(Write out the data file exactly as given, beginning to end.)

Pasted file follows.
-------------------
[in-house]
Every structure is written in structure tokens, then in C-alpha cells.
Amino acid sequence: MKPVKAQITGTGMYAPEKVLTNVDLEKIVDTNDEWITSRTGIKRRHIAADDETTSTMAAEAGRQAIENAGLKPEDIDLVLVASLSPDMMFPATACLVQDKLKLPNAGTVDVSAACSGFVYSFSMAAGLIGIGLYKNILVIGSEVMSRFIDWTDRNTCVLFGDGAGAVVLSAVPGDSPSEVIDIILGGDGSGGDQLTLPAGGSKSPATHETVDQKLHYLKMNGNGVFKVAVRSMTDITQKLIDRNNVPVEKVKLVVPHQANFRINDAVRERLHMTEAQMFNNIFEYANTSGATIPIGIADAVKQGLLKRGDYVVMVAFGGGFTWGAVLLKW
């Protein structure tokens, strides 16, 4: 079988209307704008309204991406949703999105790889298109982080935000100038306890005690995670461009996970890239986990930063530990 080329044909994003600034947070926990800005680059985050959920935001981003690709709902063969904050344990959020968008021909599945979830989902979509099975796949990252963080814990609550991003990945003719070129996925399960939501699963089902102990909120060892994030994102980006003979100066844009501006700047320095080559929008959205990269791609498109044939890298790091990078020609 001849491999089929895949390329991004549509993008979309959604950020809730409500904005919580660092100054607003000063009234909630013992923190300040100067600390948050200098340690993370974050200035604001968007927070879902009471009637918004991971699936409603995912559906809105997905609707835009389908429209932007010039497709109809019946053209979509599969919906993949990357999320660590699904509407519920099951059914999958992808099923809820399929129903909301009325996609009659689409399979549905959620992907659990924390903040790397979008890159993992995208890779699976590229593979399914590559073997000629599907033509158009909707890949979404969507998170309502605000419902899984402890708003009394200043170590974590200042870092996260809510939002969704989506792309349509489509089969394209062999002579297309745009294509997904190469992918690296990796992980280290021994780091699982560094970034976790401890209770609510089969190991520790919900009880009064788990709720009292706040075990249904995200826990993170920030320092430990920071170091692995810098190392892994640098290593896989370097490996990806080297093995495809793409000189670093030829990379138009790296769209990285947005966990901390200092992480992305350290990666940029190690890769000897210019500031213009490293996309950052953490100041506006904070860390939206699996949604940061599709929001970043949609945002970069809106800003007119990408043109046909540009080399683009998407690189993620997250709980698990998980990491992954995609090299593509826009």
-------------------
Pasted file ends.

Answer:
[in-house]
Every structure is written in structure tokens, then in C-alpha cells.
Amino acid sequence: MKPVKAQITGTGMYAPEKVLTNVDLEKIVDTNDEWITSRTGIKRRHIAADDETTSTMAAEAGRQAIENAGLKPEDIDLVLVASLSPDMMFPATACLVQDKLKLPNAGTVDVSAACSGFVYSFSMAAGLIGIGLYKNILVIGSEVMSRFIDWTDRNTCVLFGDGAGAVVLSAVPGDSPSEVIDIILGGDGSGGDQLTLPAGGSKSPATHETVDQKLHYLKMNGNGVFKVAVRSMTDITQKLIDRNNVPVEKVKLVVPHQANFRINDAVRERLHMTEAQMFNNIFEYANTSGATIPIGIADAVKQGLLKRGDYVVMVAFGGGFTWGAVLLKW
């Protein structure tokens, strides 16, 4: 079988209307704008309204991406949703999105790889298109982080935000100038306890005690995670461009996970890239986990930063530990 080329044909994003600034947070926990800005680059985050959920935001981003690709709902063969904050344990959020968008021909599945979830989902979509099975796949990252963080814990609550991003990945003719070129996925399960939501699963089902102990909120060892994030994102980006003979100066844009501006700047320095080559929008959205990269791609498109044939890298790091990078020609 001849491999089929895949390329991004549509993008979309959604950020809730409500904005919580660092100054607003000063009234909630013992923190300040100067600390948050200098340690993370974050200035604001968007927070879902009471009637918004991971699936409603995912559906809105997905609707835009389908429209932007010039497709109809019946053209979509599969919906993949990357999320660590699904509407519920099951059914999958992808099923809820399929129903909301009325996609009659689409399979549905959620992907659990924390903040790397979008890159993992995208890779699976590229593979399914590559073997000629599907033509158009909707890949979404969507998170309502605000419902899984402890708003009394200043170590974590200042870092996260809510939002969704989506792309349509489509089969394209062999002579297309745009294509997904190469992918690296990796992980280290021994780091699982560094970034976790401890209770609510089969190991520790919900009880009064788990709720009292706040075990249904995200826990993170920030320092430990920071170091692995810098190392892994640098290593896989370097490996990806080297093995495809793409000189670093030829990379138009790296769209990285947005966990901390200092992480992305350290990666940029190690890769000897210019500031213009490293996309950052953490100041506006904070860390939206699996949604940061599709929001970043949609945002970069809106800003007119990408043109046909540009080399683009998407690189993620997250709980698990998980990491992954995609090299593509826009």